Wednesday, December 01, 2010

World AIDS Day

Out of sight...Out of mindToday is World AIDS Day, when we're supposed to raise our awareness about this awful disease and take action against all the prejudices & stigma that comes with it.

In my opinion, most prejudices come from a lack of knowledge. You're more likely to fear something you don't know much about. You're more likely to believe extreme details about something you know little about. And you're more likely to not care when you focus on AIDS the disease, instead of the people who are affected by it and live with it.

I have had the honor of meeting and becoming friends with a guy named Michael who has lived with AIDS for over a decade. His life is harder and more complicated than I could possibly imagine...but his outlook is one of the most positive that I know. He also has the privilege of living in the United States, which makes living with AIDS much different than doing so in other parts of the world.

In short, if you're not in a developed part of the world AIDS is a death sentence.


I think some of the most powerful stories of Jesus are how he interacted with people who had diseases. Many of which were spread on touch, and fatal. There are several stories about Jesus healing lepers as he traveled...but I like the one in Matthew 8: 2-3 the best.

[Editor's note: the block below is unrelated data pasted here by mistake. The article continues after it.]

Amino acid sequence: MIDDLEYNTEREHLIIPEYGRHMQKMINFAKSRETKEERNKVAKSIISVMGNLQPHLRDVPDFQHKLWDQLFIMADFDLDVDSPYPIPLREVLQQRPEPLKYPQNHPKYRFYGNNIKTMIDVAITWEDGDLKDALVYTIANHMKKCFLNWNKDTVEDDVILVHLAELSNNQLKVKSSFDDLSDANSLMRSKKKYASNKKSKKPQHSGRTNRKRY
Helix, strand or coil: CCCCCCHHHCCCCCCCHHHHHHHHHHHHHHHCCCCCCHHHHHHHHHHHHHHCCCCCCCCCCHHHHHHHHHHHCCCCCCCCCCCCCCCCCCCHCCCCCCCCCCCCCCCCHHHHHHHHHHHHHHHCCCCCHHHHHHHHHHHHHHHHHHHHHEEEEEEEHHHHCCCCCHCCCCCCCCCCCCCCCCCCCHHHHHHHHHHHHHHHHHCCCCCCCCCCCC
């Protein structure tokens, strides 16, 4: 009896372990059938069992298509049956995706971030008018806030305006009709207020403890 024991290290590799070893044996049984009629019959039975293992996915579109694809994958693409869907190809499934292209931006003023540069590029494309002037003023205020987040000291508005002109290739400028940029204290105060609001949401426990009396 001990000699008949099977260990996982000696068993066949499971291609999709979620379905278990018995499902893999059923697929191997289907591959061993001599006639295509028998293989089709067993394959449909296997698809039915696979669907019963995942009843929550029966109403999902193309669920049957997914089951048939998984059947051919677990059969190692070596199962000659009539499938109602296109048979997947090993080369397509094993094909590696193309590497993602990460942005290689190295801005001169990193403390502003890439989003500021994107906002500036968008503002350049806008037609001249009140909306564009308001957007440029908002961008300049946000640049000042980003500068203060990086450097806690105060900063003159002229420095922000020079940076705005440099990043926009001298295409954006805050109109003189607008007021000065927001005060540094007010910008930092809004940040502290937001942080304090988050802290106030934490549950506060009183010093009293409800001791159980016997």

2 A man with leprosy came and knelt before him and said, “Lord, if you are willing, you can make me clean.”
3 Jesus reached out his hand and touched the man. “I am willing,” he said. “Be clean!” Immediately he was cleansed of his leprosy.

Jesus touches him. Before he heals him.

We all understand that leprosy was spread on contact, and this person probably hadn't been touched in quite a while. Jesus put himself at risk in order to heal the man who came to him.

Jesus identified himself with the victim. Touching him sent a clear signal that Jesus was to be considered as "unclean" as the person with leprosy.

Now, I'm not suggesting that you go and swap blood with an AIDS victim. But I see Jesus' action as being larger. It's as if this small touch was a way of identifying with the leper. Of placing himself at the same level, giving himself the same vulnerabilities, the same stigma.

I think that we could all benefit from identifying and understanding the people who are affected with AIDS in addition to the disease itself.